While the Alpes du Dauphine only rise to a height of between four and five thousand feet, they are still a formidable obstacle. The farther the column moved east, the higher the mountains became and the slower their progress. More tribesmen began to appear on the heights above them. When Hannibal’s scouts reported that a particularly narrow gorge lay ahead, he became concerned. That night, exaggerated reports of the dangers ahead circulated through the camp, causing apprehension among the soldiers. The scouts further reported that the tribesmen shadowed the column by day but returned to the comfort of their villages at night. That gave Hannibal an idea. He ordered a larger than normal number of campfires to be built just before dusk, so that when darkness fell the tribesmen would think the camp was settled for the night. The tribesmen withdrew to their villages, and Hannibal slipped out of his camp with a force of lightly armed infantry. They scaled the heights over the gorge and positioned themselves above the ledges usually occupied by the tribesmen during the day. Just after daybreak the Allobroges returned, unaware that Hannibal and his men were lying in wait. The army below broke camp and slowly began moving into the gorge. Once in, the walls seemed to close around them and an ambush seemed certain. By late morning, the vanguard had cleared the gorge and begun to climb to an adjacent pass.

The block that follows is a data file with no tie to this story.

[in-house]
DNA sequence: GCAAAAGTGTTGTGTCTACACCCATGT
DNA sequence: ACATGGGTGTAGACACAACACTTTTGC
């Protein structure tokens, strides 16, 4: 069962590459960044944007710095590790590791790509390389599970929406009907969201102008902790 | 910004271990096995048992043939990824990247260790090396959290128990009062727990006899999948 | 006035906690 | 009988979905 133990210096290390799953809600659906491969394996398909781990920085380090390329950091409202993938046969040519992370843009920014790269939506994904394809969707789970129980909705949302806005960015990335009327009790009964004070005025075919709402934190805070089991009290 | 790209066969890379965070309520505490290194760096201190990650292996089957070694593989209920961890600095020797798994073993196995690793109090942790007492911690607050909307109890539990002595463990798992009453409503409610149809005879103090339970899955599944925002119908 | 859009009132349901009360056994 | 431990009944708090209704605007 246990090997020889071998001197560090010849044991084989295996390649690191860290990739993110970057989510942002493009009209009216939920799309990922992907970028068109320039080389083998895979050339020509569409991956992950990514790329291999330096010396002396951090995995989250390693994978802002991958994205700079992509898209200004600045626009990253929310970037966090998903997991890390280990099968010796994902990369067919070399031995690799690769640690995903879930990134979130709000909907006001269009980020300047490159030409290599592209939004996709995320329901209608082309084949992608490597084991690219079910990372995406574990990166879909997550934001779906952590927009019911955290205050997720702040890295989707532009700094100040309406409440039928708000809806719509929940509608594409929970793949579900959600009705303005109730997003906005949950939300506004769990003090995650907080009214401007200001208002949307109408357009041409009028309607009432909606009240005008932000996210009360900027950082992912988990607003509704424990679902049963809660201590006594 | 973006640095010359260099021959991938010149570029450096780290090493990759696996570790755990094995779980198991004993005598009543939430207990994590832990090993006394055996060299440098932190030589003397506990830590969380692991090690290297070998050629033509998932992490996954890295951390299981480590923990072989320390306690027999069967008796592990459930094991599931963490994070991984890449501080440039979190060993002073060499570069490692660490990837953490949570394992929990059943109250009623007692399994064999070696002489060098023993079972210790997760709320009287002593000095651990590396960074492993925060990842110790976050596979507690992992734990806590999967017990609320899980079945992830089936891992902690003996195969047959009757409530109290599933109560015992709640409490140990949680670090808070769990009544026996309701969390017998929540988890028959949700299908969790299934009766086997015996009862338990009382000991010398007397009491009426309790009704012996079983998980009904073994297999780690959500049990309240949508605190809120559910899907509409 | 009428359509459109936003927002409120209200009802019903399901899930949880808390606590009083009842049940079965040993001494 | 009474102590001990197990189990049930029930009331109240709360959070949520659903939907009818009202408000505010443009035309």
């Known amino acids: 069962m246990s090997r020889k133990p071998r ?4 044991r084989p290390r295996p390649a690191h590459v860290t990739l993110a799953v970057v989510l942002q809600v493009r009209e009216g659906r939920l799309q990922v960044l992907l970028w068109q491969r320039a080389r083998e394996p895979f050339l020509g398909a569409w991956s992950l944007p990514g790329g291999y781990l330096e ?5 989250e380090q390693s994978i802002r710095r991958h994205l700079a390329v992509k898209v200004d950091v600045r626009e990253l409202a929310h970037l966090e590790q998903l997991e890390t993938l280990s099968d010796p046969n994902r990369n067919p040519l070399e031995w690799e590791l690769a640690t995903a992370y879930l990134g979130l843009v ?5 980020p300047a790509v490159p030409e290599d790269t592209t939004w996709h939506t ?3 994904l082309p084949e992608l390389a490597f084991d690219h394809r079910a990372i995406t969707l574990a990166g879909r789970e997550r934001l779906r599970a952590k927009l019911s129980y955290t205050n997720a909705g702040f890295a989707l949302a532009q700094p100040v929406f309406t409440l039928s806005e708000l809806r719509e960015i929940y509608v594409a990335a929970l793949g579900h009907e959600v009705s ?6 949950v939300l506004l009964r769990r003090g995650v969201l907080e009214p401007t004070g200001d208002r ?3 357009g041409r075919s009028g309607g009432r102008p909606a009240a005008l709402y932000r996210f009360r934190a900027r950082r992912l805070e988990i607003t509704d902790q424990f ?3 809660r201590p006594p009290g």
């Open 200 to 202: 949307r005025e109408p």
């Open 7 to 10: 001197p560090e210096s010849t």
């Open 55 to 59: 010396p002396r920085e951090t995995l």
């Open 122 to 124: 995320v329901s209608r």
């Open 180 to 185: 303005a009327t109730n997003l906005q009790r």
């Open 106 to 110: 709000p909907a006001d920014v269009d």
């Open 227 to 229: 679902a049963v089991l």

Initially the tribesmen only watched as the column slowly threaded its way into the gorge and then began to move up a track leading to a pass. The track eventually became a narrow ledge with a precipitous drop to the river on one side and a sheer wall on the other. In places, the column had to move nearly single file along the ledge. As the Allobroges watched the column struggling along the ledge, they could no longer restrain themselves. They began screaming and hurling their spears. Their cries echoed and re-echoed through the gorge as they purposely wounded horses with their arrows, causing them to rear out of control. The animals, maddened by pain, either lost their footing and fell off the ledge or pushed blindly ahead, shoving men and animals over the side. Casualties began mounting as panic and confusion took a greater toll on Hannibal’s soldiers than the spears, arrows, and rocks raining down on them. Watching from above, Hannibal continued to restrain his soldiers, even though they pleaded with him to allow them to relieve the pressure on their comrades. But Hannibal hesitated, fearing an attack at this point would only add to the confusion on the ledges below and increase the casualties. Finally, when the Carthaginian column was close to breaking apart, Hannibal ordered the attack. Within a short time the heights were swept of the enemy, and the column slowly regained its cohesion. The remaining elements were now able to climb out of the gorge and make it over the pass safely. Even the most experienced and battle-hardened among the mercenaries were shaken by what they had been through. Only when the last of the soldiers, horses, and pack animals had been brought through safely were the elephants led along the ledge and over the pass. Hannibal’s tactics were similar to what Alexander the Great had done over a hundred years before when the defenders of the Persian capital Persepolis trapped his army in a gorge and began inflicting heavy casualties. Alexander led a small contingent of soldiers up and over a mountain at night, coming down on the enemy just before dawn and winning the day.